After trying out Kinkos/FedEx for vinyl die-cut decals, I wanted an upgrade. The vinyl would tear pretty easy and is relatively thick. They just didn’t last that long.
After waiting too long and getting almost no response from the other bike decal company, Ryan of Smudgemo and I went in on an order to get some decals using SSSink. Ryan had talked to Gary of SSSink and had worked out a great deal for us small type framebuilders. Gary was very accommodating and helpful and let us split a regular order size between the two of us. It was great to be able spend half of what it’d normally cost but get a professional job. Our order was for 50 sets (or pages) of decals — what is fit on one letter-sized page (8.5 x 11″) is up to the customer. Using Adobe Illustrator I was able to fit a bunch of stuff I’ve been working on over the last year. I got help with design from a friend and the crew at Anthem Branding.
The decals took a very long time to get done. So long in fact that I made a fork and four frames that were waiting for decals by summer’s end. If you know me, you know that was at least 4 months. I let Russell’s frame go without the new decals but kept the other 3 hostage. I’m glad I did because they turned out really well in my opinion. I think because of the delay Gary threw in a few extra colors and combinations of red, gray, metallic silver, black, and white at no extra cost.
These decals are “top mount dry application” for use on powdercoated frames when you will NOT be putting a clear coat over the top of the decal. There is another type of decal for painting or powdercoating a clear over the top. The ones we got are are the simplest type l think but also the first to scrape off because there is nothing protecting them from the elements. The sheets came in air-tight ziplock freezer bags separated by their predominant color – silver in one bag, black in another, etc. He sent great instructions on how to apply and with only one mess up I was good to go.
Even though these decals turned out great, there are definitely some things I’d do differently:
1) Mirror image the downtube decals on the page so that you can put BOTH on at once. Having to line up and stick one per side is a pain in the butt and time consuming with more chance of user error. Even though it’s close they’ll never be perfectly aligned. Something only I may notice but it’d be way easier to lay both down at once.
2) Choose a font, or create your font, with all letters being of similar size. The “M” and “t” and “h” of my name stick up too much and make the decal harder to apply. They wrap around the tube a lot even though I followed the advice to use the same font height as the average downtube diameter (I chose 35 mm). On a cross bike with a 31.8 downtube it’ll wrap more, and on a 38mm downtube it’ll wrap less. They look fine, but next run i’ll make the font height more around 1.125″ and I’ll shorten the three tall letters a bit.
1) Spend a lot of time with mocking up font and badge size before ordering any decals. Do paper cutouts of different sizes and tape them onto your frame and take pictures to compare on the computer later.
2) Ask your friends’ advice on what they think of the font and badge, even if they give you conflicting answers with other friends because they will see things you do not. Especially if you have a graphic designer friend or two. They can take an idea and do something about it and maybe even offer technical help with software you can’t spend the money to purchase.
3) If you’re computer-inclined and want to try your hand at design, try Inkscape (open source – free) and/or download a 30-day trial version of Adobe Illustrator. I found Illustrator easier to use than Inkscape but when my trial ran out I was out of luck.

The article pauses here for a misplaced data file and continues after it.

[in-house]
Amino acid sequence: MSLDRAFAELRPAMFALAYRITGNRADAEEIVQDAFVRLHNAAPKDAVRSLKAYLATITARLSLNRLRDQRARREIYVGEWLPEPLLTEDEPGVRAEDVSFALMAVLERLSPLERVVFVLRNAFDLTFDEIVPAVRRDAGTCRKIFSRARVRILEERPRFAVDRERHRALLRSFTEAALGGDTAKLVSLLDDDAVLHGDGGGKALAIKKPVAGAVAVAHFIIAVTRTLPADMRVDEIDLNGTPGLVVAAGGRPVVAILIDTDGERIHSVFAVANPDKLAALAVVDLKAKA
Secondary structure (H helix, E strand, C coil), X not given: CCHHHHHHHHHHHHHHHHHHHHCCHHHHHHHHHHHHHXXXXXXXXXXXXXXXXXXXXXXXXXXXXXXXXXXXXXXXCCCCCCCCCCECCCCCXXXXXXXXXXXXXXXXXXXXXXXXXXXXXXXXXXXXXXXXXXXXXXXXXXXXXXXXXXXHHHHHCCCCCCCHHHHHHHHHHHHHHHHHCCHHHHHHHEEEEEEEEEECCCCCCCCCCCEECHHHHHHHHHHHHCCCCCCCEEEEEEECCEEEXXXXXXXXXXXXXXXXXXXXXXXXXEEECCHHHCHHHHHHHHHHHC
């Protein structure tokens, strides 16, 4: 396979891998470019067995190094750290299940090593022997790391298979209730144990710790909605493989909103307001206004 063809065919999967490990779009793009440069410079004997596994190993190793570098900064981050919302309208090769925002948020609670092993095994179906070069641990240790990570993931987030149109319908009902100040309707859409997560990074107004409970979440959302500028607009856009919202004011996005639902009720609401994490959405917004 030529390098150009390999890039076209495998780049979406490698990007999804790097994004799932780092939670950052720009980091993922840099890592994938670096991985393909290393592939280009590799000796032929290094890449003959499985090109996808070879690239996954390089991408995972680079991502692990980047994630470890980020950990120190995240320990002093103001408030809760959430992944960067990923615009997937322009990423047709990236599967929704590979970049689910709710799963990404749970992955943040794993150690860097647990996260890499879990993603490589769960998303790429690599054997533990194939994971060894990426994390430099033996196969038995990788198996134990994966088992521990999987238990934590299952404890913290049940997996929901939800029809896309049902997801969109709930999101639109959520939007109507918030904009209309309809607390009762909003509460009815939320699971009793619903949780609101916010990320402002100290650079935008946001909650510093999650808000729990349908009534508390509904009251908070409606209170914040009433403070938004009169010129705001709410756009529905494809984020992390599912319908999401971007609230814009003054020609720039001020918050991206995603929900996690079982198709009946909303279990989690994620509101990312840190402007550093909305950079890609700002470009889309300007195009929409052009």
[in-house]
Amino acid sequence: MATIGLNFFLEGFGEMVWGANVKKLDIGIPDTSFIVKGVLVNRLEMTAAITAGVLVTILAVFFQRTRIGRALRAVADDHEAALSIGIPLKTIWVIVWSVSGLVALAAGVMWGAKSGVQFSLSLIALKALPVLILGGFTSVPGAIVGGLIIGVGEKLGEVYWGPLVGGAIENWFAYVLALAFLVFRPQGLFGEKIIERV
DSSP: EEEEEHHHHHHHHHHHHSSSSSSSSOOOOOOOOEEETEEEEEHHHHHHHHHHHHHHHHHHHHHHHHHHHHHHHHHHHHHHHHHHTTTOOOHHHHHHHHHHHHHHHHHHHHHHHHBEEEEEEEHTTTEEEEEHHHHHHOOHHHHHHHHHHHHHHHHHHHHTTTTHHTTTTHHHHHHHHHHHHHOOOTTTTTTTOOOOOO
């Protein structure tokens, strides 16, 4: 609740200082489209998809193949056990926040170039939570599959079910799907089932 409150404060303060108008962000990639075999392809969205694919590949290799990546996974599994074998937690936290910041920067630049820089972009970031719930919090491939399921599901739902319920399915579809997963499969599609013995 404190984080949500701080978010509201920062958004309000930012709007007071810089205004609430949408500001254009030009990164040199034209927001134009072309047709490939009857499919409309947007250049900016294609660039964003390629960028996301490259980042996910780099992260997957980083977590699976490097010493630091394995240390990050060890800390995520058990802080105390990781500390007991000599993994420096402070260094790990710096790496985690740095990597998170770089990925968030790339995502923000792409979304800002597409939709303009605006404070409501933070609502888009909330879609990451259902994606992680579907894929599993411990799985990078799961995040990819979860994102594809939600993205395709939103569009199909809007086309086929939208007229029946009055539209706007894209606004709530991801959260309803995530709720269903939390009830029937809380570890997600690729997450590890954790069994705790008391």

4) In the end it’s just a frame decal, not the frame or your work, and there are some that could give a dam about what font you use or if you have some kind of headbadge. But it is your frame and brand you want to distinguish from the rest so it’s worth a bit of time and money to get it done right the first time in my opinion. I wanted something that would be easily recognizable as mine. No doubt it’ll get morphed a bit through time but the main idea is there.
5) Build in lots of time to when you need the decals and be extremely patient. If I were Litespeed or Moots I think it’d have been a faster turnaround (I would hope at least). But since we were only ordering 50 sheets between the 2 of us, we paid a bit more per sheet and no doubt were put on the backburner.
6) Think about whether you want an outline around the text. You could order fewer colors if you use a light color outline that makes the text pop even if the text is dark and the frame is dark.
How have you found the durability of these decals. Are they proving quite tough. I have also seen these DuraTAG Ink Transfers. Check out the video http://www.youtube.com/watch?v=zfJeLc3ANJo
Haven’t been able to get in contact with them yet but look good
The durability has been excellent for the decals so far. It’s not been very long of a test period though. I know SSSink does decals for some big bike companies though, so I imagine that the durability is very good. You really have to take a sharp object to scratch the decal and leave a mark. Getting them off once set is not a ‘peeling’ operation but a scratch-with-your-fingernail for a LONG time until you get every last piece off, then take acetone to get the rest of the residue off. These aren’t in the same ballpark as normal thin vinyl decals, they’re VERY thin and once on there are meant to stay on. But positioning them right is key. If you mess up and even dab the sticker onto the frame, it’ll separate and peel and then you have to start over with a new decal. I haven’t heard of DuraTAG but it looks really promising! I like how you can position the decal before sticking it down. That’s a really helpful feature in my opinion.